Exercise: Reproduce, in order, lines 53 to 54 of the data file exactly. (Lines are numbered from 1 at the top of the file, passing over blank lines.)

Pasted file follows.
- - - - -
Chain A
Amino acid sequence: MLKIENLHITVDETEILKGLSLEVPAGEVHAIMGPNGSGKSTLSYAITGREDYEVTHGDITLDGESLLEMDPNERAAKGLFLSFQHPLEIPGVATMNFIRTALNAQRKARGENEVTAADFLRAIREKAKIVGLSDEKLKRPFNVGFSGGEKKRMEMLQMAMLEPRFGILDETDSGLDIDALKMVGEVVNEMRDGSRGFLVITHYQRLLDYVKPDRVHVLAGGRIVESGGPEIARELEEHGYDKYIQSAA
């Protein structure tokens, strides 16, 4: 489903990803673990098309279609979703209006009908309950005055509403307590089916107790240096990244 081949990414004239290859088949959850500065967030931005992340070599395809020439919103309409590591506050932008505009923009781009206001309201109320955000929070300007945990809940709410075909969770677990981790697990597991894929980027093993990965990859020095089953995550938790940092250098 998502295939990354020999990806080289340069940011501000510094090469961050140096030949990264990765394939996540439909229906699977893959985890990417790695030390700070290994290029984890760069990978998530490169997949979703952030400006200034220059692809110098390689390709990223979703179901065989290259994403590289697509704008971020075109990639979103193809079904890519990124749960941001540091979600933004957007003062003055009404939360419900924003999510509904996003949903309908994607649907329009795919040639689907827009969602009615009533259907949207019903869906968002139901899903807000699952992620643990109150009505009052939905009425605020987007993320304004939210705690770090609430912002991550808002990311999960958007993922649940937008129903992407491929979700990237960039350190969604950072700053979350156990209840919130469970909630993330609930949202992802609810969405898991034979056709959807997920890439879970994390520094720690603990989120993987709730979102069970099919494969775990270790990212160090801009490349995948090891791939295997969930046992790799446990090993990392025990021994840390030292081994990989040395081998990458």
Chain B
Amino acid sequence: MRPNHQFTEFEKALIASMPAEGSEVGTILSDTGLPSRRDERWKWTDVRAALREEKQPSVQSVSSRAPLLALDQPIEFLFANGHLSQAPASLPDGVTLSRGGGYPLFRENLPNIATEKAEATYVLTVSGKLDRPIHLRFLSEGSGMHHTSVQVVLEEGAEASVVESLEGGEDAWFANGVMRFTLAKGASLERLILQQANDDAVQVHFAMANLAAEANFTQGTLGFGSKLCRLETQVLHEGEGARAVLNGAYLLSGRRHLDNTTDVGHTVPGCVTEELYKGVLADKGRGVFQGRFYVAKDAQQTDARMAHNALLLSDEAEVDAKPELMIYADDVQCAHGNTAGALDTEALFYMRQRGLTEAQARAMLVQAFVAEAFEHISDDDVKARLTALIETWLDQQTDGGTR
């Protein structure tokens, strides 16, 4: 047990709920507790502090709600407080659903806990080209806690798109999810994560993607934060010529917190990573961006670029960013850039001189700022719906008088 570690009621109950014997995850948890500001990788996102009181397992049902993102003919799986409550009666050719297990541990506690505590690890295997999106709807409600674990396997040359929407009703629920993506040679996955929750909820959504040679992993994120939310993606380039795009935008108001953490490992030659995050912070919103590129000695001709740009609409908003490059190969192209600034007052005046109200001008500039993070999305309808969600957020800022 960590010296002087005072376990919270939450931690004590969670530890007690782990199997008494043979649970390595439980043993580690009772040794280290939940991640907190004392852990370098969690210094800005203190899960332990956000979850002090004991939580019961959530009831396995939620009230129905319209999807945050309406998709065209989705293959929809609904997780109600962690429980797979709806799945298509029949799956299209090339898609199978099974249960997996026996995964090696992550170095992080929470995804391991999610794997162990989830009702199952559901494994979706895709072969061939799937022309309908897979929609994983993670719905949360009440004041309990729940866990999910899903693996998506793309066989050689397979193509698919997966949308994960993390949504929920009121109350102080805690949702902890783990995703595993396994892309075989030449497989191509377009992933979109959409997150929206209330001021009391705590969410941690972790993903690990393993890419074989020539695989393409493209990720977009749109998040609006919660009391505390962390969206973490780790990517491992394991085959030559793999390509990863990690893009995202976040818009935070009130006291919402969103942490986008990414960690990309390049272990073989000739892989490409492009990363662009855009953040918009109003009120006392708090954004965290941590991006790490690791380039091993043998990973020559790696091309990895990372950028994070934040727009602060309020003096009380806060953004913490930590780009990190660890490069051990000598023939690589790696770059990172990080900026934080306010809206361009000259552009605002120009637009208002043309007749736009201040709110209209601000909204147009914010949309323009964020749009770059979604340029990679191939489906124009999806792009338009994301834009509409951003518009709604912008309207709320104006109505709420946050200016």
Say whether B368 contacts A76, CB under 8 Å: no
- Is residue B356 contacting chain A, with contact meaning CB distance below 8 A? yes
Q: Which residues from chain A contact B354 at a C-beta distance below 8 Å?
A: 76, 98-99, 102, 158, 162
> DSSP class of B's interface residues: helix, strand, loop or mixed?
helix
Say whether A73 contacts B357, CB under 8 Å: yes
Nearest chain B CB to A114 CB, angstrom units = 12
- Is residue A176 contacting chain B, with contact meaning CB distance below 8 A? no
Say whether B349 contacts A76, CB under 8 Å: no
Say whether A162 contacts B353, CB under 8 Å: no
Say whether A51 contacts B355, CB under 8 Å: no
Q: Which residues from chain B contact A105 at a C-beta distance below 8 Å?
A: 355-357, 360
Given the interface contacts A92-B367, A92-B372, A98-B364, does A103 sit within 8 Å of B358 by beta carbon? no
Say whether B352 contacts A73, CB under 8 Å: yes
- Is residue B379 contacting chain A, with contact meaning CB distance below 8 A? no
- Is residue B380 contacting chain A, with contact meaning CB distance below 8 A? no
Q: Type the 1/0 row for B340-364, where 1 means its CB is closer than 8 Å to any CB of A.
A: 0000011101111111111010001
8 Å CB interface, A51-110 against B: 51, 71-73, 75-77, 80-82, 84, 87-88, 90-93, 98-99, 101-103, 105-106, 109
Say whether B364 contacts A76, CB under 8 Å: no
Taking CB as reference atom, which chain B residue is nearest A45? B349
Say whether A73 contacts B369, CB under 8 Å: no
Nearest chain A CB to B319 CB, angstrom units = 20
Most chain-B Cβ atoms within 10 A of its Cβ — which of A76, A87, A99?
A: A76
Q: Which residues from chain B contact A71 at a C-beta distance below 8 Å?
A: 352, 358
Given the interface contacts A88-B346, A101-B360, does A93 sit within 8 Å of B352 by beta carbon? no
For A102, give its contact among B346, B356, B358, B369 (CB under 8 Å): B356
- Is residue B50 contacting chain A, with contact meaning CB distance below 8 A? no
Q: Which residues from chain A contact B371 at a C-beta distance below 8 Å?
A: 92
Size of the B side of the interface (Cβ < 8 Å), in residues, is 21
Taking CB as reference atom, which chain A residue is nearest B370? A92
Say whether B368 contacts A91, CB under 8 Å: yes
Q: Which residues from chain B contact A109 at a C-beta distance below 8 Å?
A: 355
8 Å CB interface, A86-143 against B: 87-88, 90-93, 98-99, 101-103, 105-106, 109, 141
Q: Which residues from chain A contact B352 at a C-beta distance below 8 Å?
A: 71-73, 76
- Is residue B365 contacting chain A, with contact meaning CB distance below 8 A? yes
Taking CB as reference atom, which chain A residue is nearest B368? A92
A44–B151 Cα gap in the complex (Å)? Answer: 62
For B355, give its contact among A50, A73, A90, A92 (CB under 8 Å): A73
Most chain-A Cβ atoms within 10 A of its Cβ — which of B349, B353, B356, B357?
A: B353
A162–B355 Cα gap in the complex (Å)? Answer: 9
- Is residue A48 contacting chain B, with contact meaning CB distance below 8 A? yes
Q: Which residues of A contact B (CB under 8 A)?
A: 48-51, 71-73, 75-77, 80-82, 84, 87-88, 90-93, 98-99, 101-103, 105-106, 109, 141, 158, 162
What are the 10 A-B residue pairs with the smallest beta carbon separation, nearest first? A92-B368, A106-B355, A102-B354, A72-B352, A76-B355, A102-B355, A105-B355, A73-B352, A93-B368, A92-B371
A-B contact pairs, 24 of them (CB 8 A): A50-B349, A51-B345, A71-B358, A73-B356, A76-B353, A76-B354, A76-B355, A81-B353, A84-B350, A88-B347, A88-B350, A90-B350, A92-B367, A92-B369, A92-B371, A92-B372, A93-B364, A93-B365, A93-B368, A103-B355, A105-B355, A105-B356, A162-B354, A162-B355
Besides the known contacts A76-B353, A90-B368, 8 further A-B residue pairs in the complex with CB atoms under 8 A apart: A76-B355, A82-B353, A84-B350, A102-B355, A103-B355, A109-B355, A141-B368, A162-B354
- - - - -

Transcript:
Most chain-A Cβ atoms within 10 A of its Cβ — which of B349, B353, B356, B357?
A: B353